Hoping to remind car enthusiasts of the emotions they felt when the 918 Spyder was introduced, Porsche now offers the 2018 Panamera Turbo S E-Hybrid. It’s the new range topper for its one, and only, sedan. It relates to the 918 Spyder in the sense that the new Panamera is both the highest performer of the model line and a hybrid.
The heart of the operation is a longitudinally mounted 4.0-liter V8 with 90-degree banks, four chain-driven camshafts with variable timing and direct injection. It’s a “hot-v” setup, meaning the intake ports are outside the V, and the exhaust ports are inside, where two twin-scroll turbochargers lie. Those compressors help spin up 550 hp at 5,750 rpm and 568 lb-ft of torque at just under 2,000 rpm.
The hybrid capability comes courtesy of a 136-hp and 295-lb-ft-of-torque electric motor, which bolts directly to the back of the V8 and ahead of the eight-speed PDK dual-clutch transmission. The parallel system includes an electric decoupler so that the internal combustion engine and electric motor can work in concert or on their own. Total system power comes to 680 hp and 627 lb-ft of torque, which is available, effectively, whenever.
That’s a lot. Good thing power is distributed to all four wheels. Unlike the 918, that power comes mechanically from the same package, no separate electric motor to drive the front axle. Instead, a slathering of differentials, clutches and software manages what power goes where. As a result, several computers decide how much the front and rear axle receive, and indeed how it’s distributed between the driver and the passenger side.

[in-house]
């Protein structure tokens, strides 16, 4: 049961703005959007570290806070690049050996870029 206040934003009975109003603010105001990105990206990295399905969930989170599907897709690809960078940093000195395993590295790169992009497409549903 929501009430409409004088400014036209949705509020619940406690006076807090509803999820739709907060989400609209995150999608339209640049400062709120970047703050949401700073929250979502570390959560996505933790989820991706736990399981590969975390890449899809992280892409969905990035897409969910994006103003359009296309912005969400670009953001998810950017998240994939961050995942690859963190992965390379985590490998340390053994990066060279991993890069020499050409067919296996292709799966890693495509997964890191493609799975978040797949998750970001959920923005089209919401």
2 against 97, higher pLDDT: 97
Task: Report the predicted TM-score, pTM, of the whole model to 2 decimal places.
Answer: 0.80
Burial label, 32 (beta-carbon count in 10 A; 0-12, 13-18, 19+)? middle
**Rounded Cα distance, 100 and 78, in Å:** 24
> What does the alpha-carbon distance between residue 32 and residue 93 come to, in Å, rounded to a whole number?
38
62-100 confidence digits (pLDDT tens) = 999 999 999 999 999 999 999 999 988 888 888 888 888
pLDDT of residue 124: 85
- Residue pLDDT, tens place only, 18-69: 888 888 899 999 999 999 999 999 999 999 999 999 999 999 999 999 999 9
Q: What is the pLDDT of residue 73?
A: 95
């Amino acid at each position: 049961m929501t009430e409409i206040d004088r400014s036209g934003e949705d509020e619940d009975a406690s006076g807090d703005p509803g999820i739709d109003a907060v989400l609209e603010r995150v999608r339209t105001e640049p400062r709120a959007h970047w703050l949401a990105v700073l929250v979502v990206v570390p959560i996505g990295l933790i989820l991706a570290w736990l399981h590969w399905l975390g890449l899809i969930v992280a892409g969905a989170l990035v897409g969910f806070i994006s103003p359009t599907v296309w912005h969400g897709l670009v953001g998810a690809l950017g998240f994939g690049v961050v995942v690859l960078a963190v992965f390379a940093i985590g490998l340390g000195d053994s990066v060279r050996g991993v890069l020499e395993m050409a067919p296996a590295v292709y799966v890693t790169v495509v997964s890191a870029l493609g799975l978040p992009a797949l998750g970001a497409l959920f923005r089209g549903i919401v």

Also unlike the 918, the Panamera carries four doors, stretches 199 inches and rests on a steel structure. Not to mention all the luxuries and niceties shoved in. All told, the E-Hybrid weighs about 5,100 pounds, which is within 300 pounds of a base Chevrolet Tahoe. Part of that heft comes from the 14.1-kWh battery in back, allowing the E-Hybrid to run on electricity alone for 31 miles.
Efforts to belie physics and usual penalties involved with weight, Porsche engineers mounted an air suspension to each corner in lieu of steel springs. These are standard equipment and give the E-Hybrid adjustable ride height. The high setting allows for better clearance up inclines like steeper driveways. It can ride low while cruising the interstate to slip through the air a little better and increase badassness while doing it.
The list of standard features is expansive. Without checking a single options box, you get actively adjusted anti-roll bars (dubbed Porsche Chassis Control Sport or PDCC Sport), 21-inch wheels, adaptive aerodynamics, electronically variable dampers (named Porsche Active Suspension Management) and, my favorite, Porsche Ceramic Composite Brakes. Normally a several-thousand-dollar option, Zuffenhausen made these fade-free stoppers part of the price of entry.